AROUND 80 women who were infected with the potentially lethal Hepatitis C virus, due to contaminated blood products, have died.
The number of deaths emerged as funding came to an end for their long-running support group.
Positive Action was set up in the mid 1990s, after it was revealed that around 1,000 women who were given contaminated blood products during childbirth were infected with Hepatitis C.
However, the HSE said it will not be providing any more funds to the group, which has offices in Fitzwilliam Square in Dublin.
A letter from Brian Murphy, a HSE executive, said it had made the decision that the continued funding of Positive Action was untenable.
The group received around €600,000 in funding between 2006 and 2011, and has around 720 members across the country.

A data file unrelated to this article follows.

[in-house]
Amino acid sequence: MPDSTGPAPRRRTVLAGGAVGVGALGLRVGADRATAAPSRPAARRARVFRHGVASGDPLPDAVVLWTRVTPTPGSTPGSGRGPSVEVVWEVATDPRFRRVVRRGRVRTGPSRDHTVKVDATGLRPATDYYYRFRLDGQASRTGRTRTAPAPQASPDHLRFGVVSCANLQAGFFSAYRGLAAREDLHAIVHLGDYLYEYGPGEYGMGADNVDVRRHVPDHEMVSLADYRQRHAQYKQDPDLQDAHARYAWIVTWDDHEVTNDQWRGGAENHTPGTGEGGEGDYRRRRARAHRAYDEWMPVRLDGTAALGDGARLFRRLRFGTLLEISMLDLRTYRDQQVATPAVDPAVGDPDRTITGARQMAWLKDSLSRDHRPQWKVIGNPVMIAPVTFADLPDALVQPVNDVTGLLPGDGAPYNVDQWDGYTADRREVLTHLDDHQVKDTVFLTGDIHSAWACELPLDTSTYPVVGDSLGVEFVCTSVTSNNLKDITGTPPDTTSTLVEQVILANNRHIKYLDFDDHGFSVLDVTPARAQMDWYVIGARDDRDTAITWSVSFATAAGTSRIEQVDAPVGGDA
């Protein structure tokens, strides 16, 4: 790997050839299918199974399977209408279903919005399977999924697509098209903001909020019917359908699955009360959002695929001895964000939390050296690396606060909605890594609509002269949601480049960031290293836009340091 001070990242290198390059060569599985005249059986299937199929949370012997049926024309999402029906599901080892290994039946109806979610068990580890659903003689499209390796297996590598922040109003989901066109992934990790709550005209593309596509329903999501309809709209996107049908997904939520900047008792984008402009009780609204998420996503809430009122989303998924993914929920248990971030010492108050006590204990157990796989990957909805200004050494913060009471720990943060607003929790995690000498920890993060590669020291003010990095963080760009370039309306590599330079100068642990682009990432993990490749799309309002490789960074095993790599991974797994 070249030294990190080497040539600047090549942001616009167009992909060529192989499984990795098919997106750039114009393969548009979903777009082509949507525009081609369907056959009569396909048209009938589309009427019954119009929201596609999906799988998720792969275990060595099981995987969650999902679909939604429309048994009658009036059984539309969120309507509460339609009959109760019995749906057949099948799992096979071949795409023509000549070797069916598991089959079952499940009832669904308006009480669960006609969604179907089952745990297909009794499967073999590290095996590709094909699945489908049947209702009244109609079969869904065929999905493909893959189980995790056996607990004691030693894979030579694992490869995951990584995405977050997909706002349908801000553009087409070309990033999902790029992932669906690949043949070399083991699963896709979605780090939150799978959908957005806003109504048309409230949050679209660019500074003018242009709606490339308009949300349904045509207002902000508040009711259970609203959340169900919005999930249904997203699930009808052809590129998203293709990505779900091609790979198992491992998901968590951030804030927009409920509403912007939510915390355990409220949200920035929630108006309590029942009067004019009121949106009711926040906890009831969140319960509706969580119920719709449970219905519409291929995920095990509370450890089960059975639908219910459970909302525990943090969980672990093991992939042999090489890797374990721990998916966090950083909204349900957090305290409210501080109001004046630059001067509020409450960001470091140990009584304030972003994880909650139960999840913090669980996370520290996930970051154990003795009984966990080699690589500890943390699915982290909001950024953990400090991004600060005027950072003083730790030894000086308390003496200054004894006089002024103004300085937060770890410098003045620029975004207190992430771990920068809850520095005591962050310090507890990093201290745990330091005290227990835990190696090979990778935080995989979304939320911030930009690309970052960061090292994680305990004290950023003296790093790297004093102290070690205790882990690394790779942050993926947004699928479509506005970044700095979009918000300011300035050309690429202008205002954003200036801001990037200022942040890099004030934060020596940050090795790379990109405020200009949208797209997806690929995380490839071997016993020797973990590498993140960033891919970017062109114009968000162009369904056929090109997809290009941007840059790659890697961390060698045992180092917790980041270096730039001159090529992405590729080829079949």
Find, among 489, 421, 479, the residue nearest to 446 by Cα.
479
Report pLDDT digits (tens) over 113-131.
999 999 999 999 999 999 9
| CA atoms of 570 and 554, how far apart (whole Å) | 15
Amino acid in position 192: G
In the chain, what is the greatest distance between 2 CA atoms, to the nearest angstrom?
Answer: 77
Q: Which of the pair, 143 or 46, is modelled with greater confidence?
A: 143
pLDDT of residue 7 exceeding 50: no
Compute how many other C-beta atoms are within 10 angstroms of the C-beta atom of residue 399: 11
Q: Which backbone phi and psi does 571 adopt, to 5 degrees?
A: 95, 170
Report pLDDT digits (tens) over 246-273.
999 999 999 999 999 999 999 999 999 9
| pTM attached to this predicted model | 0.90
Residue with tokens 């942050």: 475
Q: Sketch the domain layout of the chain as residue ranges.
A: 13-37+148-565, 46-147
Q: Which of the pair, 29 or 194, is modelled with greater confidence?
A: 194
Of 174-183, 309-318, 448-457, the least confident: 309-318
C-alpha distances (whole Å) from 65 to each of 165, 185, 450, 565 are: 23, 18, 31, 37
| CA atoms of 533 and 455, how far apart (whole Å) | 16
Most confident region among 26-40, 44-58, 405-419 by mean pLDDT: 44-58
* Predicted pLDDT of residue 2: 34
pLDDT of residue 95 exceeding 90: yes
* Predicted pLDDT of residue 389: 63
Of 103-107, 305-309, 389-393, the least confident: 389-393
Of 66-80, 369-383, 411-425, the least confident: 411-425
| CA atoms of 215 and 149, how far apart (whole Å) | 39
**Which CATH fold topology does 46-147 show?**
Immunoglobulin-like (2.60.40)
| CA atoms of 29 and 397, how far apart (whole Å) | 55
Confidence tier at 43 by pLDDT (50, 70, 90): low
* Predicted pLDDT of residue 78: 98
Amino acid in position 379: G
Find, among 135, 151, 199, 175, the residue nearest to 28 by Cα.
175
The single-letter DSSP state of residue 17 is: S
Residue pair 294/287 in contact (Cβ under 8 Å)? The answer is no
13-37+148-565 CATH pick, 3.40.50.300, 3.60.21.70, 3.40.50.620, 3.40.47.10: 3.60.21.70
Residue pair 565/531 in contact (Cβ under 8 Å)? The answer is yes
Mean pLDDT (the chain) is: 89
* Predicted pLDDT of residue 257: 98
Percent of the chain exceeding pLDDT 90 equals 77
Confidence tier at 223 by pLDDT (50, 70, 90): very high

The HSE has previously taken issue with how the group used some of its funds, including its spending on members' weekends and workshops.
It also questioned the decision to send some of its members abroad to a meeting which was aimed at doctors.
Positive Action insisted that its activities were geared to the specific needs of its members and their families, who had to live with the ongoing health problems caused by the illness.
Hepatitis C can seriously damage the liver and causes the infected patients to suffer from fatigue and other complications. Some of the women have had liver transplants.
A spokesperson for Positive Action was unavailable for comment yesterday.